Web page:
Yukos shareholders say Russian state assets frozen in France
Yukos shareholders said Thursday that Russian government assets in France including bank accounts and real estate had been frozen in a dispute over compensation for the seizure of the defunct oil giant.
“It’s bank accounts and real estate,” Tim Osborne, executive director of main shareholder GML, told AFP, adding that accounts in around 40 banks had been frozen along with “eight or nine buildings.”
He said the asset freeze oc- curred two weeks ago but had only been “leaked” by Russia on Thursday. There was no immediate official confirmation from Moscow or Paris.
“Proceedings are already under way in Britain and the United States and further countries will follow,” he said, following a move by Belgium to freeze Russian government accounts which sparked anger in Moscow.
Osborne explained that legislation in Belgium and France made it easier to freeze assets pending the outcome of the Yukos com- pensation dispute.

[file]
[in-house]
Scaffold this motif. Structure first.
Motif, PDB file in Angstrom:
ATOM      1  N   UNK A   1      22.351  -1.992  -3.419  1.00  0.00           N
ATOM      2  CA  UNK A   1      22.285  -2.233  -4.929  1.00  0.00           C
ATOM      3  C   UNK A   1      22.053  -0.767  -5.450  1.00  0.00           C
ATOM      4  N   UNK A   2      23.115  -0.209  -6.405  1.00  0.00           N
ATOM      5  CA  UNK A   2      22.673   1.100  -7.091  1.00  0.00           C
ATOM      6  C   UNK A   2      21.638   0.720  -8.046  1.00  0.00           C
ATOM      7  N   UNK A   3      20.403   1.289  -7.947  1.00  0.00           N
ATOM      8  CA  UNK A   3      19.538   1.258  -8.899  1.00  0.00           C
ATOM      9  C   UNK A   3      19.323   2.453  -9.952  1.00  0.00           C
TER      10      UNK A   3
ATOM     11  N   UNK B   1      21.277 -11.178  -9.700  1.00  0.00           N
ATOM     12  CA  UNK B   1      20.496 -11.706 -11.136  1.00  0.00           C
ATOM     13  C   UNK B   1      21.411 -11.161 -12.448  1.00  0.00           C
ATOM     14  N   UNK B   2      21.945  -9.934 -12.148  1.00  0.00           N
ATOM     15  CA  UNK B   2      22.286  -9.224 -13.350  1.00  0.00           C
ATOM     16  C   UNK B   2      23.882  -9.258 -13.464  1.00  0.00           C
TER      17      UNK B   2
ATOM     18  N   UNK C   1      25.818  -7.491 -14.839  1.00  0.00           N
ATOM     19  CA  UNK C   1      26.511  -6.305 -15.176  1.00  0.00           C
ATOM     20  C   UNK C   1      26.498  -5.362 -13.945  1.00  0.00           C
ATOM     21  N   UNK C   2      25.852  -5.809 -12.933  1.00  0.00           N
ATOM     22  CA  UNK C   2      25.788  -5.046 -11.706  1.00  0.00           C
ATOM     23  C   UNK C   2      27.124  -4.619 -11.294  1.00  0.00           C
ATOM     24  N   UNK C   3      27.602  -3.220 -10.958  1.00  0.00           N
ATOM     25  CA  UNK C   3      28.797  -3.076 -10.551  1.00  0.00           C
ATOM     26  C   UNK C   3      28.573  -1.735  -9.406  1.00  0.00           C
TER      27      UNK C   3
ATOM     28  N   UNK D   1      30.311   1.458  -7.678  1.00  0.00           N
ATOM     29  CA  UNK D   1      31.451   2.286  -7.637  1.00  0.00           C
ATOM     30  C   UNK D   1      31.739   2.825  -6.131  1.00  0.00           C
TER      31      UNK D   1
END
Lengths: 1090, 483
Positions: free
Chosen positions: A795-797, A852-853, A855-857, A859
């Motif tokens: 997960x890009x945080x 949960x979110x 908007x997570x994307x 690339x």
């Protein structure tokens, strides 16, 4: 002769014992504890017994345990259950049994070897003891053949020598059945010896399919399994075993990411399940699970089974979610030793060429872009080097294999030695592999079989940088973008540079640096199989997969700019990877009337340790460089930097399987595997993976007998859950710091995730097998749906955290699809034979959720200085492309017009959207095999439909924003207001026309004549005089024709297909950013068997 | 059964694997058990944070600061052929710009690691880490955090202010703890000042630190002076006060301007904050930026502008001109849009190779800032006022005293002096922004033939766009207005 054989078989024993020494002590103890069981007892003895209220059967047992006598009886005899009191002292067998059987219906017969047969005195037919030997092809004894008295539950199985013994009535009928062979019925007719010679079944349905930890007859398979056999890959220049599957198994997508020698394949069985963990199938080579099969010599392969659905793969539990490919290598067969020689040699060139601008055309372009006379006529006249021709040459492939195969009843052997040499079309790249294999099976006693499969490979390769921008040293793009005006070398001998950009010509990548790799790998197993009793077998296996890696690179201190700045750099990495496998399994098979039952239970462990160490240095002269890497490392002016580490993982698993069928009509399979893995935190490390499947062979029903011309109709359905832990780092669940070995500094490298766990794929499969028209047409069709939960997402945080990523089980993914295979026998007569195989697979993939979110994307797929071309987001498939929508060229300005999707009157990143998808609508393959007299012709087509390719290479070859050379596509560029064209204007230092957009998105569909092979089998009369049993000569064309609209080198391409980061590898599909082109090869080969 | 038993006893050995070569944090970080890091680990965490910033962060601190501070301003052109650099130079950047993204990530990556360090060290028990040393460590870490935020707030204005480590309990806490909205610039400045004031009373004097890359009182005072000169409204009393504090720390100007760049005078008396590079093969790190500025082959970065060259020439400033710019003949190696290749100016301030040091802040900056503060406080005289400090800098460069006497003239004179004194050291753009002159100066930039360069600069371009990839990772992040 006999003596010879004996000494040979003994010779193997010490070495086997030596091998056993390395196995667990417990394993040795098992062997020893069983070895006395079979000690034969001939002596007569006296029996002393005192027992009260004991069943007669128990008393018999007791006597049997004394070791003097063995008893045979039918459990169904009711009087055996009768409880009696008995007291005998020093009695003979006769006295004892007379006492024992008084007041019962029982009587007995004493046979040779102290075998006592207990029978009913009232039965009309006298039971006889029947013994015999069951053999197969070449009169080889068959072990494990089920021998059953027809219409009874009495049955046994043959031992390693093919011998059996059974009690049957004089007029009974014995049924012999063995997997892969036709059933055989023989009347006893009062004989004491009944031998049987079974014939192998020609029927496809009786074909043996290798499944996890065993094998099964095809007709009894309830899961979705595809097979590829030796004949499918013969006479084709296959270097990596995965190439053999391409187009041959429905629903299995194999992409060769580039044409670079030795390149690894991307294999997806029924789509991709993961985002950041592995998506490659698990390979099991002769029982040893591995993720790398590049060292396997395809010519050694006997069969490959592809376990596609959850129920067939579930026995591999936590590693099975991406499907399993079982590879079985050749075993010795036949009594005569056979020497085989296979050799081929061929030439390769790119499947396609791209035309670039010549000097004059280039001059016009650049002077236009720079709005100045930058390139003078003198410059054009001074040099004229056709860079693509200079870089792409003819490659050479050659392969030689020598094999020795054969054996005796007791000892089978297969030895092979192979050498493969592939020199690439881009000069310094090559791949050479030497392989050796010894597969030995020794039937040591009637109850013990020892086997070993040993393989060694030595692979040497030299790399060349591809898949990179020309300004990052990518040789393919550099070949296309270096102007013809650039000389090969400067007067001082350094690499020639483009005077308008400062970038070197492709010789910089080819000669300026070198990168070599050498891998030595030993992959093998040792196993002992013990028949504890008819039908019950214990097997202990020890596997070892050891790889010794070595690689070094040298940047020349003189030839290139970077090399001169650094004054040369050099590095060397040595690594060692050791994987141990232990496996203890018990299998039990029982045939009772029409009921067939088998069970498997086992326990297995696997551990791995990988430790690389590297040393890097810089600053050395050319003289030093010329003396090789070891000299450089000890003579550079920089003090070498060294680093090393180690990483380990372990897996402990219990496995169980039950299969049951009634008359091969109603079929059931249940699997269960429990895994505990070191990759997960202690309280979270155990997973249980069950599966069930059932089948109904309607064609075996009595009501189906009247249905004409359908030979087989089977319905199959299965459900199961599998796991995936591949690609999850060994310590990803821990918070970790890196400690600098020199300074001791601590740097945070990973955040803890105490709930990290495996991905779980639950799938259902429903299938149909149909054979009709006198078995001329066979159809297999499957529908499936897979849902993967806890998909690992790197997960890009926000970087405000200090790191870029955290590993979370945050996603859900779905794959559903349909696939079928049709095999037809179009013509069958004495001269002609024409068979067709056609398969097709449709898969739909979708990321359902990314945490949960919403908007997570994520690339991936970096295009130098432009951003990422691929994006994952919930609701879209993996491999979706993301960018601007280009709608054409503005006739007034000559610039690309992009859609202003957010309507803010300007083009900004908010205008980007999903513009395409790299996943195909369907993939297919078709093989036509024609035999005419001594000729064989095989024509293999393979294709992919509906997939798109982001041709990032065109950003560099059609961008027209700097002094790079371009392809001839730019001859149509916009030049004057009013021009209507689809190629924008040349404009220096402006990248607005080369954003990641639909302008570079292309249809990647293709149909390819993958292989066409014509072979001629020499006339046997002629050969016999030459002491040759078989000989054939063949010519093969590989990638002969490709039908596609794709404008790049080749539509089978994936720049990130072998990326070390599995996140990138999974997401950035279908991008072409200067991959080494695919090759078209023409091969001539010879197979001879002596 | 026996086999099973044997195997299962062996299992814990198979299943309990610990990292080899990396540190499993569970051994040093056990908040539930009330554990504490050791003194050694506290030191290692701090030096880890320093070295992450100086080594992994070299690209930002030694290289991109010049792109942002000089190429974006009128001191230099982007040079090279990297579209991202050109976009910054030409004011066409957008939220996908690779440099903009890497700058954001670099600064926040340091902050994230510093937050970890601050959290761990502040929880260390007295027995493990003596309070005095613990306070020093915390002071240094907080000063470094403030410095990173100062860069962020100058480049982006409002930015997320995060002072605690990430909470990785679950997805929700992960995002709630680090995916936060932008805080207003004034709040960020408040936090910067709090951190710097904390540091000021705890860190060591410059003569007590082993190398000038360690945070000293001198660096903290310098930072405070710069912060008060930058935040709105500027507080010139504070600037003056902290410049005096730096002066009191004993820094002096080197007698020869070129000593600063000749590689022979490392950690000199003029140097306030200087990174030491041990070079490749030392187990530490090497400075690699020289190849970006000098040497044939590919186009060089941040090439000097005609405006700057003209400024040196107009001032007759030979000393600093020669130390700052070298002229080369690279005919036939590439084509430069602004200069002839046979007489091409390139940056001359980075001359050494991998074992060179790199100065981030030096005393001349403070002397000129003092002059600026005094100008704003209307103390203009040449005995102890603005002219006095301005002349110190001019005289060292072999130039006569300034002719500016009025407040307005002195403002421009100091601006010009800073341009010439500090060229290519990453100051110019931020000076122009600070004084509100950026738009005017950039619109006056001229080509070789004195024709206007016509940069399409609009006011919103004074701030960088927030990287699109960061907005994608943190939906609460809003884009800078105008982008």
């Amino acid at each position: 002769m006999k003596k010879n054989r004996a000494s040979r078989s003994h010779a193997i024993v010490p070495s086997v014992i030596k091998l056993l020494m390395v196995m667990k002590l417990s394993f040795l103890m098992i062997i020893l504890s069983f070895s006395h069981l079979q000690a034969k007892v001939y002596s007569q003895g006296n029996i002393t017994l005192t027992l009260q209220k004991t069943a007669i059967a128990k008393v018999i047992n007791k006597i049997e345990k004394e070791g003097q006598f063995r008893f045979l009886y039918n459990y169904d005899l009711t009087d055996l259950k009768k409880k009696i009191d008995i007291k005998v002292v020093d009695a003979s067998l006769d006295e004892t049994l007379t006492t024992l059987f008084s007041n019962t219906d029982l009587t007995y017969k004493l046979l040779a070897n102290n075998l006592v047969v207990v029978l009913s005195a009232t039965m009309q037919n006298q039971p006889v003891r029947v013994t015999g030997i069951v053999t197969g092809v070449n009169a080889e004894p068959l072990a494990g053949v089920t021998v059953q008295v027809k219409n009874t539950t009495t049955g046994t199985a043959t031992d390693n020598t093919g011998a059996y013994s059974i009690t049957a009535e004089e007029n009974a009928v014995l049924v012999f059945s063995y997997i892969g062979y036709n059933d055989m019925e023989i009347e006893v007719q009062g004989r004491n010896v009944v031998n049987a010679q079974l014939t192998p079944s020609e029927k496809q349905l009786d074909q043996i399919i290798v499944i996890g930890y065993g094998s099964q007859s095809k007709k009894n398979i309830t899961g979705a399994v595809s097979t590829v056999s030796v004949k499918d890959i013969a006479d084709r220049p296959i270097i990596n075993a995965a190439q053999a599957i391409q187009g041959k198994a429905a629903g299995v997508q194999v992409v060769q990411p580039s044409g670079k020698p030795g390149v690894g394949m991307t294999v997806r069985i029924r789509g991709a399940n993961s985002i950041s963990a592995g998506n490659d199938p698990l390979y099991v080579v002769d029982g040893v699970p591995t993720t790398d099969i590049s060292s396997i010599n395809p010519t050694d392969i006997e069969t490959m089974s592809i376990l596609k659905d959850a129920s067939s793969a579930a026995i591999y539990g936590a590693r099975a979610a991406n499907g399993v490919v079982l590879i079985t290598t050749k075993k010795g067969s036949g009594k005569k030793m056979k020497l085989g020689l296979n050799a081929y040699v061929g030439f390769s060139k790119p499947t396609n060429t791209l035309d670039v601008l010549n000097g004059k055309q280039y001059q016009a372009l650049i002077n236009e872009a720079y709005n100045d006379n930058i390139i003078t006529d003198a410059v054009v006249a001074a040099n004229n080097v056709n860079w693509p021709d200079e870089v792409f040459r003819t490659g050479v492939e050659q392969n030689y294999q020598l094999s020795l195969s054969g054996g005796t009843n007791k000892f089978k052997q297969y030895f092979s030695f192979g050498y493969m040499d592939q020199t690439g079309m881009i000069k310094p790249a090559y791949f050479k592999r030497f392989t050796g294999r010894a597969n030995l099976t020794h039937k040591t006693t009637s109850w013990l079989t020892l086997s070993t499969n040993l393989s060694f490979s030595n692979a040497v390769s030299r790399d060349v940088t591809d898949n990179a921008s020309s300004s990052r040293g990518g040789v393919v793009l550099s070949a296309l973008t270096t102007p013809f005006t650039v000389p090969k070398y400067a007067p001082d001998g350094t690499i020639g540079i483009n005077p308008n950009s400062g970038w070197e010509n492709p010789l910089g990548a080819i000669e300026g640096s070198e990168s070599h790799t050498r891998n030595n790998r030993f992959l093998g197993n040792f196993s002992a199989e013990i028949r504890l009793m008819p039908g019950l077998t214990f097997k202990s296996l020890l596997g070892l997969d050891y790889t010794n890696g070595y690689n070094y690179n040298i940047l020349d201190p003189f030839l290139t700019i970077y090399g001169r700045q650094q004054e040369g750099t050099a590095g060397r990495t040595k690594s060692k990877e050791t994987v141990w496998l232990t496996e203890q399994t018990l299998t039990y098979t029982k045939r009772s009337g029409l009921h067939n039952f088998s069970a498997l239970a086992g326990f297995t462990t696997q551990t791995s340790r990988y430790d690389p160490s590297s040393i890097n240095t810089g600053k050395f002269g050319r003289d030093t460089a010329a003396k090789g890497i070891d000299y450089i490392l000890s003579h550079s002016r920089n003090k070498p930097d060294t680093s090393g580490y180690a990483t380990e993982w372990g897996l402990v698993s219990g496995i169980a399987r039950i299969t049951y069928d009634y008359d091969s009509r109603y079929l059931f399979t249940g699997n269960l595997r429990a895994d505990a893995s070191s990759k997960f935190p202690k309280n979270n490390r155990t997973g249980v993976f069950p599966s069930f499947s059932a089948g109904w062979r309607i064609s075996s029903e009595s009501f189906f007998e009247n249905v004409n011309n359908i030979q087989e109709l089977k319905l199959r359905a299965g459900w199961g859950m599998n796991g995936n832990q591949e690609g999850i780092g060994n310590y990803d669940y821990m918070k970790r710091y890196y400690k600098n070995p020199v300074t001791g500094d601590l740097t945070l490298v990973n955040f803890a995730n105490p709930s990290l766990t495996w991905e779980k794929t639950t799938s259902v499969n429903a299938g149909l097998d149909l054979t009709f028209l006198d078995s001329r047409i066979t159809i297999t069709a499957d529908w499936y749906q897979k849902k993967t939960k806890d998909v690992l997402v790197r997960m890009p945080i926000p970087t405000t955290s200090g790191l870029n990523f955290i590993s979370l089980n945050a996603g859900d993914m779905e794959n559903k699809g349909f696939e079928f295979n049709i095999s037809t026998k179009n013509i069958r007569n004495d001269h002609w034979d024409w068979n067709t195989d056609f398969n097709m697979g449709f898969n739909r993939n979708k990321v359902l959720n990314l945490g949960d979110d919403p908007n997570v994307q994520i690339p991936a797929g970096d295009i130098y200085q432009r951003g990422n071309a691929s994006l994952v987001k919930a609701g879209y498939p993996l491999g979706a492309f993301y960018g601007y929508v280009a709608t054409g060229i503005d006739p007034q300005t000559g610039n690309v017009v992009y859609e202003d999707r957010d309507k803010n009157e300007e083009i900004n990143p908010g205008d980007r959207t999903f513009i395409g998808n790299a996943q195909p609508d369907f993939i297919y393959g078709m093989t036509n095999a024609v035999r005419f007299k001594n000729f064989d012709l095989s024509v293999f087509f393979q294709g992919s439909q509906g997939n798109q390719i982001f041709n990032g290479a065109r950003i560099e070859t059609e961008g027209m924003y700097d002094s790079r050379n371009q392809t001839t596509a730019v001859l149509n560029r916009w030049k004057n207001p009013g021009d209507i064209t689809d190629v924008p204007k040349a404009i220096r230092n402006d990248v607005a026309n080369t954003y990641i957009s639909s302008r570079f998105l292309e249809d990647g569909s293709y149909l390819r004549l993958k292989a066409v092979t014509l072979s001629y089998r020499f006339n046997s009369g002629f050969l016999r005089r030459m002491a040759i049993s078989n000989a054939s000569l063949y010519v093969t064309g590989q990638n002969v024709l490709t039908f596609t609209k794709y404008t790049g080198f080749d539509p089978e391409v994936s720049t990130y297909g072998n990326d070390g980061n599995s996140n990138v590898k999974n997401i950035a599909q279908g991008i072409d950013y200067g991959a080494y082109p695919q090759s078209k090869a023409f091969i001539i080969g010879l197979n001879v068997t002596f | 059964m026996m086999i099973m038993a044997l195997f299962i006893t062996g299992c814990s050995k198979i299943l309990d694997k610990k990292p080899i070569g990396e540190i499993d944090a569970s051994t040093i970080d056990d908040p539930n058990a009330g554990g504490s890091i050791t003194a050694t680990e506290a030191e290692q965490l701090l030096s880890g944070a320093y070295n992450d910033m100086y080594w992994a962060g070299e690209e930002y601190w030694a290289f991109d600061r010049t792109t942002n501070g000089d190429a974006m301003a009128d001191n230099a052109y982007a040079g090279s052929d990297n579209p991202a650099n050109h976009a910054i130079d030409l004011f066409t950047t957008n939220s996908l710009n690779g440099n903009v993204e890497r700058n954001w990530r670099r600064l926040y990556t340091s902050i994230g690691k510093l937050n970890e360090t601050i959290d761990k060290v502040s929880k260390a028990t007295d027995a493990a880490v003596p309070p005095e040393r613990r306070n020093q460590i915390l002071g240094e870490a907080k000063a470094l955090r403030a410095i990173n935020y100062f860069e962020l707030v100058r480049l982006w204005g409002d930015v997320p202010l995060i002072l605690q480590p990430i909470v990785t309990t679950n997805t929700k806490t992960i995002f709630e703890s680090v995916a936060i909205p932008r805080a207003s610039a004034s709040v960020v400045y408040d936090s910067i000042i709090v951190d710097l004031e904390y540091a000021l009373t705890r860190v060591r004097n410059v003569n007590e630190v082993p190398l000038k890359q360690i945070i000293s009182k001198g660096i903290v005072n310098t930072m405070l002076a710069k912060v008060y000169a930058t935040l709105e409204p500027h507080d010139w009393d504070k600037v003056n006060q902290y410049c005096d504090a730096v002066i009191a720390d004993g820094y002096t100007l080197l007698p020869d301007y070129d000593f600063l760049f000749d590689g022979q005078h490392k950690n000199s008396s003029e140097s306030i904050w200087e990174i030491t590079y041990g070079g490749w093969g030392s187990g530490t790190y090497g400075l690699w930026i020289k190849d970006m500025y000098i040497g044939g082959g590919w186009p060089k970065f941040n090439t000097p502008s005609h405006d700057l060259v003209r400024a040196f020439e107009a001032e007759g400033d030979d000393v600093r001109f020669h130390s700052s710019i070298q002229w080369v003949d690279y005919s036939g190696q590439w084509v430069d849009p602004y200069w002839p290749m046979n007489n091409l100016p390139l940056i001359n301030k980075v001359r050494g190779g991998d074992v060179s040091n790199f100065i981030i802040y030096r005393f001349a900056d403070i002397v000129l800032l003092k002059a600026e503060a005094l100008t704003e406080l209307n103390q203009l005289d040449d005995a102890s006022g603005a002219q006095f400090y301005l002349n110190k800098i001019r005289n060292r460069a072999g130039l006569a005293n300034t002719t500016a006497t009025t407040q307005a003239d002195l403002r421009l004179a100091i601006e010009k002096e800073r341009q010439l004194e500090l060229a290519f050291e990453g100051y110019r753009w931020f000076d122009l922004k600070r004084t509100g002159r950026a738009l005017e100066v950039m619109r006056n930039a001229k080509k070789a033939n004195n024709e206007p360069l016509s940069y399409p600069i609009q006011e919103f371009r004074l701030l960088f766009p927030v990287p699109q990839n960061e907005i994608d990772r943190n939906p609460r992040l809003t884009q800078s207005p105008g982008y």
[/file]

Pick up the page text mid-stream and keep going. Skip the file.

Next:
The Permanent Court of Arbitration in The Hague ruled last year that Moscow had forced Yukos — once owned by Kremlin critic Mikhail Khodorkovsky — into bankruptcy with outsized tax claims before selling its assets to state-owned firms.
Russia was ordered to pay compensation to shareholders to subsidiaries of Gibraltar- based Group Menatep, through which Khodorkovsky ran Yukos.
The group exists today as holding company GML, although Khodorkovsky is no longer involved and is not a party to the compensation claim.
Yukos was once Russia’s biggest oil company but was broken up after Khodorkovsky was arrested in 2003, shortly after President Vladimir Putin warned Russia’s growing class of oligarchs against meddling in politics.
It was sold off in opaque auctions between 2004 and 2006.
Khodorkovsky was granted residency in Switzerland after being released in 2013.